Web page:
via G Hill
The first time a shopper encounters a product on a grocer's shelf is a make-or-break moment for its brand. Either she will reach out, pick it up and buy it, or move along to purchase a rival brand. So critical is this decision point, which lasts just a few seconds, to marketers that in 2005, consumer products giant Procter & Gamble coined the term "first moment of truth" (FMOT) to describe it. (A corollary event occurs when the buyer uses the product and it either lives up the brand's promise or fails to do so; that is the brand's "second moment of truth.")
Today, as web browsing has become more and more pervasive, the way people shop has changed. Long before shoppers find products on a store shelf, they search for the best options online. By the time they make a purchase, they have read reviews, compared prices and fully evaluated their options, whether they are buying a pillow or a Porsche. What, then, happens to the "first moment of truth?"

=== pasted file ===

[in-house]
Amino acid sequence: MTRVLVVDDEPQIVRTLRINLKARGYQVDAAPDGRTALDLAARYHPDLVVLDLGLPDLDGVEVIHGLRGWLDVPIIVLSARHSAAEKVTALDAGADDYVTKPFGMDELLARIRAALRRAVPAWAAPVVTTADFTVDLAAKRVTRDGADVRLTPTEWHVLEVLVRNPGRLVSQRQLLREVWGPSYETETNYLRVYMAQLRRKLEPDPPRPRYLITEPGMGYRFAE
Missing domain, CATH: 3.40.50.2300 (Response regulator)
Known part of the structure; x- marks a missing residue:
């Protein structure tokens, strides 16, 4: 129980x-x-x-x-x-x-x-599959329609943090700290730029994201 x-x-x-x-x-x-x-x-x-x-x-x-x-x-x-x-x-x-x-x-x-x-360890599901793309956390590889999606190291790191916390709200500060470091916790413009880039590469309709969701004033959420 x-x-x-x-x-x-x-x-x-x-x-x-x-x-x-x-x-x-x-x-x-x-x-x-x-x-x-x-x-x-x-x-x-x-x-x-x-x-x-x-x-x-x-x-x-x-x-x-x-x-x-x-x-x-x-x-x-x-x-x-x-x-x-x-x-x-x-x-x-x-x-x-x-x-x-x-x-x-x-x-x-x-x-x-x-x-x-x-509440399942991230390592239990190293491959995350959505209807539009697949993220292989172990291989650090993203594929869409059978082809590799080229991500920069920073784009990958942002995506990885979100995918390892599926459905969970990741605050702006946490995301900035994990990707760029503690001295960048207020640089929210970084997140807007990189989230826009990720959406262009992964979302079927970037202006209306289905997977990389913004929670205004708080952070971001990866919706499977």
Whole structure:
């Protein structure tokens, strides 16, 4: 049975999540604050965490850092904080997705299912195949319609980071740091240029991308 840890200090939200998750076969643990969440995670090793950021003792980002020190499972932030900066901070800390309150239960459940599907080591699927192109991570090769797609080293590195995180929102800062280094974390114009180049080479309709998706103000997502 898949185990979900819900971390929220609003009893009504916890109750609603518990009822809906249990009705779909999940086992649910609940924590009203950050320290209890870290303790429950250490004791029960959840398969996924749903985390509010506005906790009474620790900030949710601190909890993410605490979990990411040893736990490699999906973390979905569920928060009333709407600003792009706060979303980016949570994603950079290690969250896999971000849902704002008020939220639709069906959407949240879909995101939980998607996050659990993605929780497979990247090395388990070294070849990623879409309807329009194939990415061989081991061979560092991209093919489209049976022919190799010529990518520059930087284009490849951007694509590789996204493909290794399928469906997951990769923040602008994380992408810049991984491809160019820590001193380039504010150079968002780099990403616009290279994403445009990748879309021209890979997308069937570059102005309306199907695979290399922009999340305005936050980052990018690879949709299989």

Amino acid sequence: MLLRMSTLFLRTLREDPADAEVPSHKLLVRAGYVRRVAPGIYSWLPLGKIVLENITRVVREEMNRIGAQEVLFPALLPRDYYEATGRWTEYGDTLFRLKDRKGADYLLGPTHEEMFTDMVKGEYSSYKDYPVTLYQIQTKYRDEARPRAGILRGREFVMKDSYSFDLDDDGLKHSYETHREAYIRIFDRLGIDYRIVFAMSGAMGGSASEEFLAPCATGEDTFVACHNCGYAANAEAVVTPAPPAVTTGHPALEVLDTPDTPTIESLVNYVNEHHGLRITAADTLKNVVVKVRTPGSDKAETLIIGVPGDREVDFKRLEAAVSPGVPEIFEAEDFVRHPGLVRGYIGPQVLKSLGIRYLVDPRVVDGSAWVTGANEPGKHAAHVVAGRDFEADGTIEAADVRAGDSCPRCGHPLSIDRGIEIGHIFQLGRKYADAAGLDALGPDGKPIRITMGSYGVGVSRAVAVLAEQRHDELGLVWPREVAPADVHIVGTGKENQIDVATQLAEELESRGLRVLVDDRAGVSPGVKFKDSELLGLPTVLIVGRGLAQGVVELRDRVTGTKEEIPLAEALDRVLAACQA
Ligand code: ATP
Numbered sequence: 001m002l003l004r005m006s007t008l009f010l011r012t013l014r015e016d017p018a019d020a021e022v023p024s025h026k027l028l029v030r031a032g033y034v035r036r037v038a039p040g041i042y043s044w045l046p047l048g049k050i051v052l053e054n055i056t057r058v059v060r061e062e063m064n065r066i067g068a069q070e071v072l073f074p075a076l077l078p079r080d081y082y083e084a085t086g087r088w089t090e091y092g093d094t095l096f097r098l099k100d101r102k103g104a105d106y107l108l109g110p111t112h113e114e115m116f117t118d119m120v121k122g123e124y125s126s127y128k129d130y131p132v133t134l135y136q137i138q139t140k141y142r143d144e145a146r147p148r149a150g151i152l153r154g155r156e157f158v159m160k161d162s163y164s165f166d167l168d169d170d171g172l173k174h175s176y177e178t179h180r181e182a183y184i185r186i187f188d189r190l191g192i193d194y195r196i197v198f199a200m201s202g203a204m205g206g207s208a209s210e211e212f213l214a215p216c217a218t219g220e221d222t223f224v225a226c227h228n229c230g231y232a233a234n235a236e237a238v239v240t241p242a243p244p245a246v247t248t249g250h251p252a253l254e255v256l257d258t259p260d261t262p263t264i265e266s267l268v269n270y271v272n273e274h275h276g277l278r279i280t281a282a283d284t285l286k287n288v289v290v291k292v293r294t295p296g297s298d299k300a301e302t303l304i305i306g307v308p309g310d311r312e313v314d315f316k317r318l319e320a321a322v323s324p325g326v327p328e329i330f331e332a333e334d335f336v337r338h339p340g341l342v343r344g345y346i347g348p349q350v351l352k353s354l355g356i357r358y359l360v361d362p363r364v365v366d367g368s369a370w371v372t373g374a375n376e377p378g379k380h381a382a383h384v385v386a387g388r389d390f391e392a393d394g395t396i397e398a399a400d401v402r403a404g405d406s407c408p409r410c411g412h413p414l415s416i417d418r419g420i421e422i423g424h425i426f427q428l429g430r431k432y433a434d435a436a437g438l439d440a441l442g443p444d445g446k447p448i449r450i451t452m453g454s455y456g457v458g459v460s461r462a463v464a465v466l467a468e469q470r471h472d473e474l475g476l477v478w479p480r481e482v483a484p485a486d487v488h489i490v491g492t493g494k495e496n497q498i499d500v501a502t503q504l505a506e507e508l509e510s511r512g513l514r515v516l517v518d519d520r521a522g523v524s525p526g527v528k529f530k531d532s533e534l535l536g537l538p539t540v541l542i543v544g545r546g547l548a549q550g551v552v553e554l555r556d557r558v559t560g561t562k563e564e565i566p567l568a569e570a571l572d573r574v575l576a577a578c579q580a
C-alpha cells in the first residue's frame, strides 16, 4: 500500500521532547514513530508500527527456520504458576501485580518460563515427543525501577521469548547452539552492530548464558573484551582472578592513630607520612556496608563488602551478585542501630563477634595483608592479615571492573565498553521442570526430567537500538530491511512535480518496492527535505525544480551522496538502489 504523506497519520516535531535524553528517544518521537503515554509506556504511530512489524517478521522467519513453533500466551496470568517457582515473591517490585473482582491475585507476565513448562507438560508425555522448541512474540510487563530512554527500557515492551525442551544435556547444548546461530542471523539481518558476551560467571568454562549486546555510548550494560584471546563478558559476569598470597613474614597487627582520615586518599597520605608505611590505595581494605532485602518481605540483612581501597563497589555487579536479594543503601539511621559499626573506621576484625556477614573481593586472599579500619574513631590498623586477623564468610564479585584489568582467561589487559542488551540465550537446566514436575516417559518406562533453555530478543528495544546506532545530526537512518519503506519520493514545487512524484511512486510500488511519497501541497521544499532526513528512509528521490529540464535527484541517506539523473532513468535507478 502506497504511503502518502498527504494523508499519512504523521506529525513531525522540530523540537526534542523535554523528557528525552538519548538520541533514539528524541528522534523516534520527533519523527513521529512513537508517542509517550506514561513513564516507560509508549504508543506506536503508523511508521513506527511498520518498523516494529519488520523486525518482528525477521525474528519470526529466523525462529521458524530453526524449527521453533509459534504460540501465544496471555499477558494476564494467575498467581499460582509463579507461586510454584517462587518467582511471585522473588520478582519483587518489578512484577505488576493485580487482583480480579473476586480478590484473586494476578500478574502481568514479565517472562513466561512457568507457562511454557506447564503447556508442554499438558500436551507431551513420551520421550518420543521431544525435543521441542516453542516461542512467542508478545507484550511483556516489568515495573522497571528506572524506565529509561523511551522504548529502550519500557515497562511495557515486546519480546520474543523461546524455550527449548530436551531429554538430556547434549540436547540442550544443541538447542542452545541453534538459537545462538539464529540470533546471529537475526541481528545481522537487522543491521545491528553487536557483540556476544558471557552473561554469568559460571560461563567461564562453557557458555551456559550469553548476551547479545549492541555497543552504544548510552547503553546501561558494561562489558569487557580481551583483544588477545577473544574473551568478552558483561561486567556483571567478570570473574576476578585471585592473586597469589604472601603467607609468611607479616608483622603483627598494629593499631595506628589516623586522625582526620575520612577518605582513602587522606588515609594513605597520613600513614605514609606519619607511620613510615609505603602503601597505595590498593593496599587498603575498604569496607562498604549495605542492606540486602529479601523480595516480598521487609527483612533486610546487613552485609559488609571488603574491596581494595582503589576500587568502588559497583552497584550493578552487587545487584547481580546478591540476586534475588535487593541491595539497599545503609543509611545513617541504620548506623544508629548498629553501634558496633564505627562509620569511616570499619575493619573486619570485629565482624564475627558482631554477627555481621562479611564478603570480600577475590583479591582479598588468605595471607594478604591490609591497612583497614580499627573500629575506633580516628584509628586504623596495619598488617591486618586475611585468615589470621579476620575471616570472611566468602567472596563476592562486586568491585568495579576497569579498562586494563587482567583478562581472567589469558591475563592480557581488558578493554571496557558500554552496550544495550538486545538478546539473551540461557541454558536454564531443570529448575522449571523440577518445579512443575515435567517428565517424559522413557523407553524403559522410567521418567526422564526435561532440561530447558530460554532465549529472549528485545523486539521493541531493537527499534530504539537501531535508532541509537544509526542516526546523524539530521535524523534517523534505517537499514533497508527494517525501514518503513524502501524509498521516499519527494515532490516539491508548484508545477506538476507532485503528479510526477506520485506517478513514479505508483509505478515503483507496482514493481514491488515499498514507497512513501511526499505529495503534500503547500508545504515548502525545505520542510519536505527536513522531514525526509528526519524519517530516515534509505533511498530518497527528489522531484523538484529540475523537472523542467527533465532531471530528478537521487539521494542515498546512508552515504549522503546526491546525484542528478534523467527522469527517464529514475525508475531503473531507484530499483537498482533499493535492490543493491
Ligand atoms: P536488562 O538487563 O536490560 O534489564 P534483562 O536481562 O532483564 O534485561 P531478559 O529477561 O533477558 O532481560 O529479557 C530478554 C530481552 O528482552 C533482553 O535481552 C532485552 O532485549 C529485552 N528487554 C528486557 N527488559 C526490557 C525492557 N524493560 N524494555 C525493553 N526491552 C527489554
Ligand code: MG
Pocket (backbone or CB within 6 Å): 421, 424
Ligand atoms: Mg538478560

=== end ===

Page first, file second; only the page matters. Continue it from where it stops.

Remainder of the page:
Online marketers have coined the term "zero moment of truth" (ZMOT) to describe this new reality -- where marketers have to compete for shoppers' attention online long before a purchase decision is made. Jim Lecinski, Google's managing director of U.S. Sales and Service and chief ZMOT evangelist, has written an e-book, Winning the Zero Moment of Truth, about what he calls a "new mental model for modern marketing." Knowledge@Wharton and Wharton marketing professor Jerry (Yoram) Wind spoke with Lecinski about the explosion of choice, today's highly informed consumer and what this new decision-making moment means to marketers.